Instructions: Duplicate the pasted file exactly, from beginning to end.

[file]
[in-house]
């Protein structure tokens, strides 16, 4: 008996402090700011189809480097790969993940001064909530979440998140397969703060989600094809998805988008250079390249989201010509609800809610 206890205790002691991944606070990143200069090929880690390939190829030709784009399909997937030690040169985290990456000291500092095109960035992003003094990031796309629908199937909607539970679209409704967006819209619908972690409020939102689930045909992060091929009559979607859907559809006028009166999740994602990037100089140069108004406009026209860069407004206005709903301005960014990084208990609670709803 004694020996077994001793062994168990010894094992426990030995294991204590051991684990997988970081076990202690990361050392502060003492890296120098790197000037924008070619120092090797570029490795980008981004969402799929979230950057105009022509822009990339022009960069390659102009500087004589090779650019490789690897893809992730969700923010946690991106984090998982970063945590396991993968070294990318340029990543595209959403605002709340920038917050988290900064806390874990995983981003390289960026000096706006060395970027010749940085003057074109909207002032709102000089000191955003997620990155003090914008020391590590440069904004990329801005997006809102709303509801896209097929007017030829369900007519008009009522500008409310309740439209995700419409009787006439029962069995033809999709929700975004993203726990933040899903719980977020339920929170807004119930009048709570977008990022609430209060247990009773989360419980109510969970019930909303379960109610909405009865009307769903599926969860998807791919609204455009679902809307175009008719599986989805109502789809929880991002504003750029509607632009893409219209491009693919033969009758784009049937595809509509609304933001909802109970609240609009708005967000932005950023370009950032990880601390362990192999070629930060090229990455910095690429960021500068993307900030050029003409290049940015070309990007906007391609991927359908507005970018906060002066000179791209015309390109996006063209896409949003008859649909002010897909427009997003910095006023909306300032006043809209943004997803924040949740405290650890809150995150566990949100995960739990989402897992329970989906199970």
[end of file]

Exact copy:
[in-house]
């Protein structure tokens, strides 16, 4: 008996402090700011189809480097790969993940001064909530979440998140397969703060989600094809998805988008250079390249989201010509609800809610 206890205790002691991944606070990143200069090929880690390939190829030709784009399909997937030690040169985290990456000291500092095109960035992003003094990031796309629908199937909607539970679209409704967006819209619908972690409020939102689930045909992060091929009559979607859907559809006028009166999740994602990037100089140069108004406009026209860069407004206005709903301005960014990084208990609670709803 004694020996077994001793062994168990010894094992426990030995294991204590051991684990997988970081076990202690990361050392502060003492890296120098790197000037924008070619120092090797570029490795980008981004969402799929979230950057105009022509822009990339022009960069390659102009500087004589090779650019490789690897893809992730969700923010946690991106984090998982970063945590396991993968070294990318340029990543595209959403605002709340920038917050988290900064806390874990995983981003390289960026000096706006060395970027010749940085003057074109909207002032709102000089000191955003997620990155003090914008020391590590440069904004990329801005997006809102709303509801896209097929007017030829369900007519008009009522500008409310309740439209995700419409009787006439029962069995033809999709929700975004993203726990933040899903719980977020339920929170807004119930009048709570977008990022609430209060247990009773989360419980109510969970019930909303379960109610909405009865009307769903599926969860998807791919609204455009679902809307175009008719599986989805109502789809929880991002504003750029509607632009893409219209491009693919033969009758784009049937595809509509609304933001909802109970609240609009708005967000932005950023370009950032990880601390362990192999070629930060090229990455910095690429960021500068993307900030050029003409290049940015070309990007906007391609991927359908507005970018906060002066000179791209015309390109996006063209896409949003008859649909002010897909427009997003910095006023909306300032006043809209943004997803924040949740405290650890809150995150566990949100995960739990989402897992329970989906199970």